Hello, goodbye: Abraham Nemeth, inventor of Braille for math

Often the first time I learn about an interesting person is when he has died and his obituary appears in the New York Times. So it is with Abraham Nemeth, a scholar and educator who was blind since infancy.

During the time he grew up, visually impaired people were discouraged from studying for careers in math, because Braille was too limiting. Nemeth rejected that limitation and instead created a subset of Braille to accommodate mathematical expression. The Nemeth Code is still in use today and has made it possible for untold numbers of blind people to go beyond a rudimentary study of math.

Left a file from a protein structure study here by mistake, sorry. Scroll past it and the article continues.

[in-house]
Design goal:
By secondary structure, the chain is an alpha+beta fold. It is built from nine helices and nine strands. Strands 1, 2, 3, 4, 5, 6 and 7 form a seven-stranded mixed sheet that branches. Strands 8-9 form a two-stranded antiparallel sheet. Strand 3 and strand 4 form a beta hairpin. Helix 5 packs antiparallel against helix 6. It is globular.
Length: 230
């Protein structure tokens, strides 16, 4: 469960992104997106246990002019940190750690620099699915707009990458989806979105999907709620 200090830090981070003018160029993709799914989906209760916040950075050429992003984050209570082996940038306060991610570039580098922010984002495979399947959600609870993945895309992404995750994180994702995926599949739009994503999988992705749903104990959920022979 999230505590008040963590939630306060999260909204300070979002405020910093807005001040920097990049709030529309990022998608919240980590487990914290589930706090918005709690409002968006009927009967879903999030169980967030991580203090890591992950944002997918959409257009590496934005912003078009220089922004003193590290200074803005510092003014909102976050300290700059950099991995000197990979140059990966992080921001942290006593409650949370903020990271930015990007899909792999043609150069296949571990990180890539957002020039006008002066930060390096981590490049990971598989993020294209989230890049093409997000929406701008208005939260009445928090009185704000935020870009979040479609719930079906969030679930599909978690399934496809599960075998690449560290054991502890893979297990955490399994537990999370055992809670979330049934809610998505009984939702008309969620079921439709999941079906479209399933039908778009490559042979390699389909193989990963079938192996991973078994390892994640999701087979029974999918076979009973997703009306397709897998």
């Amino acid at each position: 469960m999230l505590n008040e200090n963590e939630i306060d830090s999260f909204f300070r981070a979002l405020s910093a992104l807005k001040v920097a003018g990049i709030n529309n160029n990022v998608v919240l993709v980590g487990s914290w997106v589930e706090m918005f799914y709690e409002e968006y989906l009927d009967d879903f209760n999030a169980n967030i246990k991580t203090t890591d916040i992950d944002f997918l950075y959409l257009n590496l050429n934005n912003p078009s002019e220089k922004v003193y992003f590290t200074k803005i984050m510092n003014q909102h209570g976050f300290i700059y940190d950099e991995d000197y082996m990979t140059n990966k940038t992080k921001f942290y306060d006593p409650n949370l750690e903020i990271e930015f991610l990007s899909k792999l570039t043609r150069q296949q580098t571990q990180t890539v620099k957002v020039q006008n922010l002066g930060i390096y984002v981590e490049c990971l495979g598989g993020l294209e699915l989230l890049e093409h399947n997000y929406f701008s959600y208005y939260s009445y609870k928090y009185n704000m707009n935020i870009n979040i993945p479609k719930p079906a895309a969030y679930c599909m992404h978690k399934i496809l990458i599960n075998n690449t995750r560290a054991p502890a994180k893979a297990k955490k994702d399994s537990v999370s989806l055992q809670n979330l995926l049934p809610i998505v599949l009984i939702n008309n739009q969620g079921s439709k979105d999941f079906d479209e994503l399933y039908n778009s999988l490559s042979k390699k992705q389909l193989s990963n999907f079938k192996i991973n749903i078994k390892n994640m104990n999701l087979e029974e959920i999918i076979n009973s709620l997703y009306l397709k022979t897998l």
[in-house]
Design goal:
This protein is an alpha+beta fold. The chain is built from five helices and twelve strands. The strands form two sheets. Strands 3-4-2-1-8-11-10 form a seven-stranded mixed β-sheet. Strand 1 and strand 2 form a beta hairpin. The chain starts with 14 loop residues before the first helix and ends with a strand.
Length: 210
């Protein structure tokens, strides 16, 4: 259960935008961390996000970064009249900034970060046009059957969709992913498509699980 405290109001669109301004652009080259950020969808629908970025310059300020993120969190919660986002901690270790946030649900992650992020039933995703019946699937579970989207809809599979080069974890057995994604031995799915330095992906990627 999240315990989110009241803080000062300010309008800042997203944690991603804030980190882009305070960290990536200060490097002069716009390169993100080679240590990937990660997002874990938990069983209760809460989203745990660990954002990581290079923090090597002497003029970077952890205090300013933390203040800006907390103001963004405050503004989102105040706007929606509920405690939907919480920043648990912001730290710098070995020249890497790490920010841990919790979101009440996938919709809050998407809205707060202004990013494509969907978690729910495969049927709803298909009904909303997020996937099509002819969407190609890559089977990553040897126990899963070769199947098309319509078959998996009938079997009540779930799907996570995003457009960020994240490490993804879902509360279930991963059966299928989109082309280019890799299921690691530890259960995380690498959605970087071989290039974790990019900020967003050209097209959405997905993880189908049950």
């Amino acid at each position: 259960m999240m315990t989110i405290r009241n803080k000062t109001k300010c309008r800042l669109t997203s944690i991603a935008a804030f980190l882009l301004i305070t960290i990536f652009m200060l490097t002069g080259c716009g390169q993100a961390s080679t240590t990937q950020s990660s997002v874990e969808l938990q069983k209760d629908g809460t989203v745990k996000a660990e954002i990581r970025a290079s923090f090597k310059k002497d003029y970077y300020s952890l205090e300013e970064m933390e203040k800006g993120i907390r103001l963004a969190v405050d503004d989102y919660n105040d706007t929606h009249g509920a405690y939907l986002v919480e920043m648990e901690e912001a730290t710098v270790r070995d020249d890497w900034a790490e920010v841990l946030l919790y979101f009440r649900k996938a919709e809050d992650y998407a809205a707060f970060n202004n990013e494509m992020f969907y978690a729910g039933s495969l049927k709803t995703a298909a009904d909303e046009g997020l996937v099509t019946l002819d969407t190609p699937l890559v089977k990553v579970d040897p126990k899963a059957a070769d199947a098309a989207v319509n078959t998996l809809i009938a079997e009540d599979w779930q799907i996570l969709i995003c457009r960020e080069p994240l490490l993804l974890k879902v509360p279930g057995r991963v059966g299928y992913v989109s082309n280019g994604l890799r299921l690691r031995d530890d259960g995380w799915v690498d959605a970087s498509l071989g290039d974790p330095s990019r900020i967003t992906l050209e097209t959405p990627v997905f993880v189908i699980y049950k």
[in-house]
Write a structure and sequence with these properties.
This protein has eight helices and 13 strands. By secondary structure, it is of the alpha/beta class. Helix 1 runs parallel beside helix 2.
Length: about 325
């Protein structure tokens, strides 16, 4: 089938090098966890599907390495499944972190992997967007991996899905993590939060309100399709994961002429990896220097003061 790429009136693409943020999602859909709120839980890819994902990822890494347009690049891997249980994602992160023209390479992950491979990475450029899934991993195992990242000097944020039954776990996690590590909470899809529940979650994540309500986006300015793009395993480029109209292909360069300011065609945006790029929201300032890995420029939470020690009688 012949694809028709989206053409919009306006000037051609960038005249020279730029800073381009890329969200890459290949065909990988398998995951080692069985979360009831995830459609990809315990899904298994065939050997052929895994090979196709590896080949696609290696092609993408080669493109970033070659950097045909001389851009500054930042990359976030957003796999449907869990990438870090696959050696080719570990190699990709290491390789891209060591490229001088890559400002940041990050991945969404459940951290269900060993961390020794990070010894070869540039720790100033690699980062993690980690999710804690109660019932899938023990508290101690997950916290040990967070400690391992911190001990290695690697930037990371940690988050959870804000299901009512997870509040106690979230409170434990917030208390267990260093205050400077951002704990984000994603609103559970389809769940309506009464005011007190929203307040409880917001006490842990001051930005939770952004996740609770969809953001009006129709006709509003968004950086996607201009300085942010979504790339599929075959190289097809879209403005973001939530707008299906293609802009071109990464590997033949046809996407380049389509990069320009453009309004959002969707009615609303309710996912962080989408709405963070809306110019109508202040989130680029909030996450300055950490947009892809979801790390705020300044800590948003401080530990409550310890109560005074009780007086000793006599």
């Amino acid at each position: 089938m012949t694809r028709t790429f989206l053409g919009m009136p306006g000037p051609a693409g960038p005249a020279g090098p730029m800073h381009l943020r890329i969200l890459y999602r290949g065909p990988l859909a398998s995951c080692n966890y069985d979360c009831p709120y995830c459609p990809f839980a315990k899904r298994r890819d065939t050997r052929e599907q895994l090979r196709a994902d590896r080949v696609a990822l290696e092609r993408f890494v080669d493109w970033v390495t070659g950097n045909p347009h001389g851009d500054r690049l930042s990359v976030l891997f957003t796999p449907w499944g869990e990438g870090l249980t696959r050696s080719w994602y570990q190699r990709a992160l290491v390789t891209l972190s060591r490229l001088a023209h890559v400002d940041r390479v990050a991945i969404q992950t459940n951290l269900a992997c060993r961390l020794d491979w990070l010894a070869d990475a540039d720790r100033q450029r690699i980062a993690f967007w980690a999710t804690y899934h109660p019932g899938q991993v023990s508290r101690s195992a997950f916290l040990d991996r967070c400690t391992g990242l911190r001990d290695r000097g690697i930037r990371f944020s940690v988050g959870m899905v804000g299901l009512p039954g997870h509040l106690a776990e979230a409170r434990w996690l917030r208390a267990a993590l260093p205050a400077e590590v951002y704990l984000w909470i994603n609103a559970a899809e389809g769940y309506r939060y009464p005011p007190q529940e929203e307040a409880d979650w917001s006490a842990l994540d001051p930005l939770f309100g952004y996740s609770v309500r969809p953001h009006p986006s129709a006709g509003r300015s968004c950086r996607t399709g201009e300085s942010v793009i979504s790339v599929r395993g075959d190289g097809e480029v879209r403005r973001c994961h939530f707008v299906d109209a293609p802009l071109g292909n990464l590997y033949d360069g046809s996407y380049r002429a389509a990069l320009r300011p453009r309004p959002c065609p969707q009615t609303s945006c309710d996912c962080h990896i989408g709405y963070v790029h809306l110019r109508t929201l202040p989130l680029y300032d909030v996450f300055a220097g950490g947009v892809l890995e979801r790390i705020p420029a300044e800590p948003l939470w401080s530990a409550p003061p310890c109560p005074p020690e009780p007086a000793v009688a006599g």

What an amazing thing. It’s virtually impossible for me to conceive of working out a math problem without a visual reference, like a pencil and paper, or a calculator.